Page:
“Oh my gosh, there’s this really funny video of me tripping over my feet,” said Williams, who then showed me the video which she had shared on Twitter.
There’s another video showing her rolling her ankle against Spotswood, again stepping on her own foot before falling to the ground. The very next play, Williams made a tremendous defensive effort diving to save a ball. That’s not on video because her dad was too busy replaying and laughing at the video of her falling down.
And then, a couple of weeks ago as I was walking out of practice with her, Williams asked if I had seen the video of her busting her lip. She told me to go to her Twitter and watch it. She was diving for a ball against Bruton in the regional semifinals and face-planted. There was lots of blood, enough that she had to leave the game and go to the locker room to clean up. It hurt physically, but her pride wasn’t harmed in the least. She couldn’t wait to share the video on social media.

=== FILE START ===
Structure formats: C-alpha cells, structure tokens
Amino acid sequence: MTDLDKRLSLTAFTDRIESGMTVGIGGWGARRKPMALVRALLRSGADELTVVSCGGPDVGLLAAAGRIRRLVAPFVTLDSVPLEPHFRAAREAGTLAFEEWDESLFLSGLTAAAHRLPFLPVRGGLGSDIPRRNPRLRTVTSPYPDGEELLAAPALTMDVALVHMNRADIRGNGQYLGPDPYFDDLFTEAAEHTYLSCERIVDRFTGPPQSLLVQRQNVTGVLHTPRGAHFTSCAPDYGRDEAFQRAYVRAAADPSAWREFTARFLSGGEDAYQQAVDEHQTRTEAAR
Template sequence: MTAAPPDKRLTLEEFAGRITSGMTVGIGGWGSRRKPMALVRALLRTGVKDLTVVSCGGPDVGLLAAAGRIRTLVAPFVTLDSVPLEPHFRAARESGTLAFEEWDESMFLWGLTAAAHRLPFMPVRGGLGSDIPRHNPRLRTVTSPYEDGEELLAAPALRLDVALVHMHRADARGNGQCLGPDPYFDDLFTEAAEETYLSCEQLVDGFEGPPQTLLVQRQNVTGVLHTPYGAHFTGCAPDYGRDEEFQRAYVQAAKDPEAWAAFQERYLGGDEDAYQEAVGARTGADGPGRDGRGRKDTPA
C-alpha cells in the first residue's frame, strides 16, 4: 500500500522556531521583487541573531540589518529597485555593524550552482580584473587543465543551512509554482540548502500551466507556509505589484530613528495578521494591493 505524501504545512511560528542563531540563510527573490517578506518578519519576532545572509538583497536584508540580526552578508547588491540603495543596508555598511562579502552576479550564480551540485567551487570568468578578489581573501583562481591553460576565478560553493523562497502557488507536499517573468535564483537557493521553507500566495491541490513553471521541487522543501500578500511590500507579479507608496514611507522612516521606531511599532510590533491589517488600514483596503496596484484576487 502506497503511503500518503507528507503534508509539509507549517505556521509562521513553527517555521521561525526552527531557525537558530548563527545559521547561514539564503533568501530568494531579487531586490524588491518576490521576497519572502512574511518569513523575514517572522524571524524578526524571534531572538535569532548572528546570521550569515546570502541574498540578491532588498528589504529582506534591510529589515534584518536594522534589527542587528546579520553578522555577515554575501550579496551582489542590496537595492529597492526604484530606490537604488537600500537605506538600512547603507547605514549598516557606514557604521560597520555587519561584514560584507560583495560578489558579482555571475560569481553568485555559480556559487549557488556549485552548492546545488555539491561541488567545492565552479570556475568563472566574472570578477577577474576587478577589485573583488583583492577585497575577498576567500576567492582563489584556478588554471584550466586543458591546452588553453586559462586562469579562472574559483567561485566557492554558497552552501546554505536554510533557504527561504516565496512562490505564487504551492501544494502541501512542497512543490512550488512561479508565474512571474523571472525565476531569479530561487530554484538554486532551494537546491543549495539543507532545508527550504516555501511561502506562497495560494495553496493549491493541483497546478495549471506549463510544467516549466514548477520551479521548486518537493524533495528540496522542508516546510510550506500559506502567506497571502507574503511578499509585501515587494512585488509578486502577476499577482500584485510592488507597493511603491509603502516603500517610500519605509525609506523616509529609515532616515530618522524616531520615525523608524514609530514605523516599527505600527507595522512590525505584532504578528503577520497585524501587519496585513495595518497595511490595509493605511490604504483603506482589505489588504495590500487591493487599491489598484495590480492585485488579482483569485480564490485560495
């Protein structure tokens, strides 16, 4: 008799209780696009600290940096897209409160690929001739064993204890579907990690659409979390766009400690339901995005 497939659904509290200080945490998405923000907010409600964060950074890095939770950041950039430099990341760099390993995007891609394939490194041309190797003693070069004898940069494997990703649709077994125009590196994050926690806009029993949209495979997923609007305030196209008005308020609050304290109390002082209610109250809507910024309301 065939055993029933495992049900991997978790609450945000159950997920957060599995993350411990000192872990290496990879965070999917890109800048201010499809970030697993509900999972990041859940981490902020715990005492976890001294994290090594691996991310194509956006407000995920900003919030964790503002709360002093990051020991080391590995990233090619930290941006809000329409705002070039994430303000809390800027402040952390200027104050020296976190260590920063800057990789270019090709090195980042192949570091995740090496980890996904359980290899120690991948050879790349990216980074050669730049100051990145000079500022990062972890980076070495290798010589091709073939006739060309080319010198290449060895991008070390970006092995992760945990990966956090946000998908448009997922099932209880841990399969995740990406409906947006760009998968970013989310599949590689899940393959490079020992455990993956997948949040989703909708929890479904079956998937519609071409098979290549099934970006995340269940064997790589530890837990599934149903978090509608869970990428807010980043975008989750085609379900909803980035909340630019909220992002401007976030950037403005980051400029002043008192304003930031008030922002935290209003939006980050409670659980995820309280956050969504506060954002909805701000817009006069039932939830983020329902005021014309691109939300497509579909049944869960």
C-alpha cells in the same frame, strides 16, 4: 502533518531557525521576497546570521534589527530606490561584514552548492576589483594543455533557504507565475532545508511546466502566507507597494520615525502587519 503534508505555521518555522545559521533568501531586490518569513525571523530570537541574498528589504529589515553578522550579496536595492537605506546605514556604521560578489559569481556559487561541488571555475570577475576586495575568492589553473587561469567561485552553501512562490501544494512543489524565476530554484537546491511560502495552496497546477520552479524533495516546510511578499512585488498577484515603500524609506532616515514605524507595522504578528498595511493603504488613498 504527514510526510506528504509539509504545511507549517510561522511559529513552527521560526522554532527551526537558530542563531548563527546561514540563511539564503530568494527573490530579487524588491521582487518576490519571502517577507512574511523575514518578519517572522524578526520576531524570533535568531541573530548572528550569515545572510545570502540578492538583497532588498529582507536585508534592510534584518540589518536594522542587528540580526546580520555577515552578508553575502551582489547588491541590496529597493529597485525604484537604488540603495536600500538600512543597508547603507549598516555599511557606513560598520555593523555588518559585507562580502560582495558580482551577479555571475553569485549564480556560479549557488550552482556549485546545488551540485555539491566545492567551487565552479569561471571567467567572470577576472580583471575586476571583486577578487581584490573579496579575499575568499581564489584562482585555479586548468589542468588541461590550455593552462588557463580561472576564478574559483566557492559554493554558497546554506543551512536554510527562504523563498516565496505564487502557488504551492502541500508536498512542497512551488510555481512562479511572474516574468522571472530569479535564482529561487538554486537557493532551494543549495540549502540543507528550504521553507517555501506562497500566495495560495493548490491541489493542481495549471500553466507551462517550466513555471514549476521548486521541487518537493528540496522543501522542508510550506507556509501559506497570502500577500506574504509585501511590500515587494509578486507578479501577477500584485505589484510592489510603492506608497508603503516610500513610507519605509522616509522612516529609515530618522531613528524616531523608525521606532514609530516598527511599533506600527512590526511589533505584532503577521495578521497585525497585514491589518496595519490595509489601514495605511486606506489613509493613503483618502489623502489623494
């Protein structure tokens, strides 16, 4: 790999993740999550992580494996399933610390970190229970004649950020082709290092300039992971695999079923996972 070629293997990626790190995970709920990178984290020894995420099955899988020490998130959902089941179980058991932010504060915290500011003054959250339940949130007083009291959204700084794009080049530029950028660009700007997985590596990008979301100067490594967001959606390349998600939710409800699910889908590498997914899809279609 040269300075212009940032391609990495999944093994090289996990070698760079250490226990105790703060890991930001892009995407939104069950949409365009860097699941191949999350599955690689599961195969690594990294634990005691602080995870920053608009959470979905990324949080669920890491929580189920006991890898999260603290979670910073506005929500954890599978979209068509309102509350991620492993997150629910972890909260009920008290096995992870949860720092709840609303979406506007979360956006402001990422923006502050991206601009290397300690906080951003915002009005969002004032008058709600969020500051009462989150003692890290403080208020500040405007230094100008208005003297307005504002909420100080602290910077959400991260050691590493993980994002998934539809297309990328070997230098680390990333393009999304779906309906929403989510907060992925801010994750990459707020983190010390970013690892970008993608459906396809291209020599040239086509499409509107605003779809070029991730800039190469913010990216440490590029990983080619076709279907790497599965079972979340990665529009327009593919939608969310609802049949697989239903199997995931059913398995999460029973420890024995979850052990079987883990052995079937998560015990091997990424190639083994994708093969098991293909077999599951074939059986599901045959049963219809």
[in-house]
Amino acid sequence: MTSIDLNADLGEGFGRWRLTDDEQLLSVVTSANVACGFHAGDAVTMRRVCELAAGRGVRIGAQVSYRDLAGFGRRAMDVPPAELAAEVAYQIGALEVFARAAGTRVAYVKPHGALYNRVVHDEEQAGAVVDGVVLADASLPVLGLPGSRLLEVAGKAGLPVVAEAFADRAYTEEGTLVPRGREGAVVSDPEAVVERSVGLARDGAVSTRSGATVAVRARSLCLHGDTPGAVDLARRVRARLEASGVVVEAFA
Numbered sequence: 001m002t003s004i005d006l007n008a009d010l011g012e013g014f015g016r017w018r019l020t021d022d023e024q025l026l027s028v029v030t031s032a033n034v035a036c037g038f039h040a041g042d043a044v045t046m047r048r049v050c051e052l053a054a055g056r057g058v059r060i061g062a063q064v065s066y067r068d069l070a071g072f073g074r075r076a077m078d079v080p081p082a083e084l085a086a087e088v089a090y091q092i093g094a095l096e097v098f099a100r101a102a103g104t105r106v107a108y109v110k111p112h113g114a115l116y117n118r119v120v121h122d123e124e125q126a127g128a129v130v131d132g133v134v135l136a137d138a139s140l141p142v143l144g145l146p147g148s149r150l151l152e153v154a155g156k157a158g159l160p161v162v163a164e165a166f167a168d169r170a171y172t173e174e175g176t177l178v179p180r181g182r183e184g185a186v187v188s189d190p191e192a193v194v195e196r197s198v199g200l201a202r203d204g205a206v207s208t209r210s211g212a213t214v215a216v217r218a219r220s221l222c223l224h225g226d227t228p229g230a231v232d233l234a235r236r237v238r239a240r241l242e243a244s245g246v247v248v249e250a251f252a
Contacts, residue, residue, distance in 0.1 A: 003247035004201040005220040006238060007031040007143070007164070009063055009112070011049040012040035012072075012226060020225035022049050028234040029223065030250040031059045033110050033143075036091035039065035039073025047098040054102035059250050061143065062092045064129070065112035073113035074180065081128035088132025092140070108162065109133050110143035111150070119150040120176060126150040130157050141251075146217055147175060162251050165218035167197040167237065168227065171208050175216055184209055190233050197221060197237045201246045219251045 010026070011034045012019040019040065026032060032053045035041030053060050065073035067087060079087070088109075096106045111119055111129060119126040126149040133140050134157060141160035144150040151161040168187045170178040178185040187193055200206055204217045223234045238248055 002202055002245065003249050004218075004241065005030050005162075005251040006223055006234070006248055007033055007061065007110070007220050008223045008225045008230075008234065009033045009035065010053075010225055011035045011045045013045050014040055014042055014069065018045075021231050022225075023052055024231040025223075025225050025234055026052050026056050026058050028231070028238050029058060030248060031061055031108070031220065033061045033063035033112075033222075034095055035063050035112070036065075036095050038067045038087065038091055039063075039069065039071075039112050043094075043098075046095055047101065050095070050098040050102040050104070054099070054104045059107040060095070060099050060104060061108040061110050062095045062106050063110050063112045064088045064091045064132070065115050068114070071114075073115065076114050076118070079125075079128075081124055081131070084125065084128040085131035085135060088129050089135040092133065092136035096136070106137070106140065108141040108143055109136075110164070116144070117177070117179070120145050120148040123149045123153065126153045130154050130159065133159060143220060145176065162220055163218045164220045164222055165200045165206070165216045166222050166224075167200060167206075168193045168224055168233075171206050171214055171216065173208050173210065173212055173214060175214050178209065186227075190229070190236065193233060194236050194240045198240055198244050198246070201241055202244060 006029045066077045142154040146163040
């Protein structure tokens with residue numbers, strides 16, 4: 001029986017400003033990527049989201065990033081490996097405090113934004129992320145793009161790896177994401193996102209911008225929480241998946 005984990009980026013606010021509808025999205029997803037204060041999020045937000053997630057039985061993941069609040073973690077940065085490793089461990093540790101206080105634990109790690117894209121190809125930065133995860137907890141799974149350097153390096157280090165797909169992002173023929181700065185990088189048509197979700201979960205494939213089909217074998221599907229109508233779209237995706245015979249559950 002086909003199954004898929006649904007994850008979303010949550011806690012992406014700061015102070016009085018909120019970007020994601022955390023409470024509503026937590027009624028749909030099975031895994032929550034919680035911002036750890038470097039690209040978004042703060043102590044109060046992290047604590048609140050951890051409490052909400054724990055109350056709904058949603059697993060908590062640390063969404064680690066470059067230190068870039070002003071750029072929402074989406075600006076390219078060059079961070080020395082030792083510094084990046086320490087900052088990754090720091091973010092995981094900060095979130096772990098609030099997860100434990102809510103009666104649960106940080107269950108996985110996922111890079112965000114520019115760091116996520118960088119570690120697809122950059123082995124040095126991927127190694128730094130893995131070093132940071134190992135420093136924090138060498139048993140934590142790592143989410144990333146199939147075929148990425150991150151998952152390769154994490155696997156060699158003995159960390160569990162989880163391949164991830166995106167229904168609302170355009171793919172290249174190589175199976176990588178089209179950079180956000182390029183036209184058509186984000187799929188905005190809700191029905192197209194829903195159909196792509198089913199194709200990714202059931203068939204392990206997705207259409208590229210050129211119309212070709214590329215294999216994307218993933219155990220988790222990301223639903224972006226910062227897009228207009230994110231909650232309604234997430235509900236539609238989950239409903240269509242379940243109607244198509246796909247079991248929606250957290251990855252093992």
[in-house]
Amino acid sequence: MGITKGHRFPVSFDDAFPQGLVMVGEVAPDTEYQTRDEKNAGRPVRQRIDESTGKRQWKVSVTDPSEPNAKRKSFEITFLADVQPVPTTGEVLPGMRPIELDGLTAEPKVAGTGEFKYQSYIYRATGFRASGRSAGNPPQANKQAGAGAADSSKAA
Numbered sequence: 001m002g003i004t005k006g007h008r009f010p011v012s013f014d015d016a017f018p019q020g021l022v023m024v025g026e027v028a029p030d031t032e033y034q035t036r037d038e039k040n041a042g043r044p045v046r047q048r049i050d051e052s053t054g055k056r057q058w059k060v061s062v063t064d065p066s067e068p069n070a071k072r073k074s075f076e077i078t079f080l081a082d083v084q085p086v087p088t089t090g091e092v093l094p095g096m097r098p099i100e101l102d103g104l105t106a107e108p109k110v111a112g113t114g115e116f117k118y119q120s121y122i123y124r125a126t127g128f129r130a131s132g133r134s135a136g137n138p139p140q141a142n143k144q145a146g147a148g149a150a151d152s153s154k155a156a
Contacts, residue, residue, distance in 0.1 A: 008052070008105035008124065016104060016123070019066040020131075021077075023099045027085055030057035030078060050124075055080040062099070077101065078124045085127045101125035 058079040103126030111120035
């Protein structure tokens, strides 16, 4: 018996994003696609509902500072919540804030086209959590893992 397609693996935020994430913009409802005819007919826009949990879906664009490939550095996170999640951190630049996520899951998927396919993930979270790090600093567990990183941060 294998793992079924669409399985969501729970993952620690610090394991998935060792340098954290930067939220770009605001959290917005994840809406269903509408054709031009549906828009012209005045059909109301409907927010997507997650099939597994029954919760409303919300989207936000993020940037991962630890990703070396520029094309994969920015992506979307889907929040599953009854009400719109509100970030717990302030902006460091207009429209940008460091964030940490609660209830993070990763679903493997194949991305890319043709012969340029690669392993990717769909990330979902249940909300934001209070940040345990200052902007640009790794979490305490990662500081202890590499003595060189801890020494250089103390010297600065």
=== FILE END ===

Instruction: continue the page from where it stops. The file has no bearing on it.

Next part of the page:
“People ask me if I’m embarrassed by that kind of stuff,” Williams said. “I share everything…I’m not embarrassed by it. I think it’s funny too. I make fun of myself all the time.”
That is part of why Williams is so charming. She doesn’t take herself too seriously. But don’t confuse that with how she approaches her sport. Williams is a student of the game, which translates to her play on the court.
“She can see the court, she can see where there are holes, she can see what people are doing,” said Lee coach Jan Williams. “Knowledge goes a long, long way in volleyball. She has watched enough volleyball that she has picked up from other people and she’s learned the whole process of the game.”
The Williams family is a volleyball family. Jan Williams was a left-side hitter at East Tennessee State University. Both sisters, Tori and Maria, played volleyball at Lee High. Now Jennifer has followed in their footsteps, although she has surpassed them in one category – height. Mom and sisters all have to look up to the 6-foot-1 Lee junior.
When Tori Williams went away to college, Jennifer, who is six years younger, came up to her shoulder. When Tori returned home during break it was tough to determine who was taller. Now, there’s no question. Earlier this month, when Tori couldn’t find her sister, she tweeted, “Standing in TJ Maxx wondering how I lost a literal giant.”